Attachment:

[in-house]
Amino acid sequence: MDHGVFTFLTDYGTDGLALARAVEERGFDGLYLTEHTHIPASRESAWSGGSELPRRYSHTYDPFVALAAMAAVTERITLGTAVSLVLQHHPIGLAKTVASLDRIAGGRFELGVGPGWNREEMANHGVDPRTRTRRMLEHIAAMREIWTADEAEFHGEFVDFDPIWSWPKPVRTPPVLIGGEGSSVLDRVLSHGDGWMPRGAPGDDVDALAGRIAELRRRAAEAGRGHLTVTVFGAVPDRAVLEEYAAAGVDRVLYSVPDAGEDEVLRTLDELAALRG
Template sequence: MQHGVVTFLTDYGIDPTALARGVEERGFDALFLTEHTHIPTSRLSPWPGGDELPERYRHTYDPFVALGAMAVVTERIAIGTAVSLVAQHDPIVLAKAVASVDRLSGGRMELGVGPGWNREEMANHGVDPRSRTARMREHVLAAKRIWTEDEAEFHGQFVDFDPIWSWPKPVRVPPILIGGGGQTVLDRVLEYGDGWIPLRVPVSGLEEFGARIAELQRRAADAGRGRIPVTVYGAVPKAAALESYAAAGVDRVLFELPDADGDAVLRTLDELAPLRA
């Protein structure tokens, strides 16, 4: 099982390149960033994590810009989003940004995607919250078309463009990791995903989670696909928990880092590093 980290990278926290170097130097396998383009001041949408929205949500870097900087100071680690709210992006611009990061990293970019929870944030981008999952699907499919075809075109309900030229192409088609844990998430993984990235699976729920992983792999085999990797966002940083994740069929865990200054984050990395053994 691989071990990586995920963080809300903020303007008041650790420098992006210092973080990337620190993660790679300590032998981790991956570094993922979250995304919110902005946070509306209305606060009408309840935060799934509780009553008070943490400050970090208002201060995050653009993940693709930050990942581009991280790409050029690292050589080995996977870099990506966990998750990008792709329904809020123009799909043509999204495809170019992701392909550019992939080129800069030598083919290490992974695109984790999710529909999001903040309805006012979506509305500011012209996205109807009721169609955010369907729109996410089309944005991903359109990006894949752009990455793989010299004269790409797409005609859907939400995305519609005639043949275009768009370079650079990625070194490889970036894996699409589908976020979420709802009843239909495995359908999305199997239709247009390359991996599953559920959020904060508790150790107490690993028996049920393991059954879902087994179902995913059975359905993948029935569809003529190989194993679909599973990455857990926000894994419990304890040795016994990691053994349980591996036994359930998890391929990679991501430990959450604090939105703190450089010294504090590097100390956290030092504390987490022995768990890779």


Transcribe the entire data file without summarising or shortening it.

[in-house]
Amino acid sequence: MDHGVFTFLTDYGTDGLALARAVEERGFDGLYLTEHTHIPASRESAWSGGSELPRRYSHTYDPFVALAAMAAVTERITLGTAVSLVLQHHPIGLAKTVASLDRIAGGRFELGVGPGWNREEMANHGVDPRTRTRRMLEHIAAMREIWTADEAEFHGEFVDFDPIWSWPKPVRTPPVLIGGEGSSVLDRVLSHGDGWMPRGAPGDDVDALAGRIAELRRRAAEAGRGHLTVTVFGAVPDRAVLEEYAAAGVDRVLYSVPDAGEDEVLRTLDELAALRG
Template sequence: MQHGVVTFLTDYGIDPTALARGVEERGFDALFLTEHTHIPTSRLSPWPGGDELPERYRHTYDPFVALGAMAVVTERIAIGTAVSLVAQHDPIVLAKAVASVDRLSGGRMELGVGPGWNREEMANHGVDPRSRTARMREHVLAAKRIWTEDEAEFHGQFVDFDPIWSWPKPVRVPPILIGGGGQTVLDRVLEYGDGWIPLRVPVSGLEEFGARIAELQRRAADAGRGRIPVTVYGAVPKAAALESYAAAGVDRVLFELPDADGDAVLRTLDELAPLRA
């Protein structure tokens, strides 16, 4: 099982390149960033994590810009989003940004995607919250078309463009990791995903989670696909928990880092590093 980290990278926290170097130097396998383009001041949408929205949500870097900087100071680690709210992006611009990061990293970019929870944030981008999952699907499919075809075109309900030229192409088609844990998430993984990235699976729920992983792999085999990797966002940083994740069929865990200054984050990395053994 691989071990990586995920963080809300903020303007008041650790420098992006210092973080990337620190993660790679300590032998981790991956570094993922979250995304919110902005946070509306209305606060009408309840935060799934509780009553008070943490400050970090208002201060995050653009993940693709930050990942581009991280790409050029690292050589080995996977870099990506966990998750990008792709329904809020123009799909043509999204495809170019992701392909550019992939080129800069030598083919290490992974695109984790999710529909999001903040309805006012979506509305500011012209996205109807009721169609955010369907729109996410089309944005991903359109990006894949752009990455793989010299004269790409797409005609859907939400995305519609005639043949275009768009370079650079990625070194490889970036894996699409589908976020979420709802009843239909495995359908999305199997239709247009390359991996599953559920959020904060508790150790107490690993028996049920393991059954879902087994179902995913059975359905993948029935569809003529190989194993679909599973990455857990926000894994419990304890040795016994990691053994349980591996036994359930998890391929990679991501430990959450604090939105703190450089010294504090590097100390956290030092504390987490022995768990890779």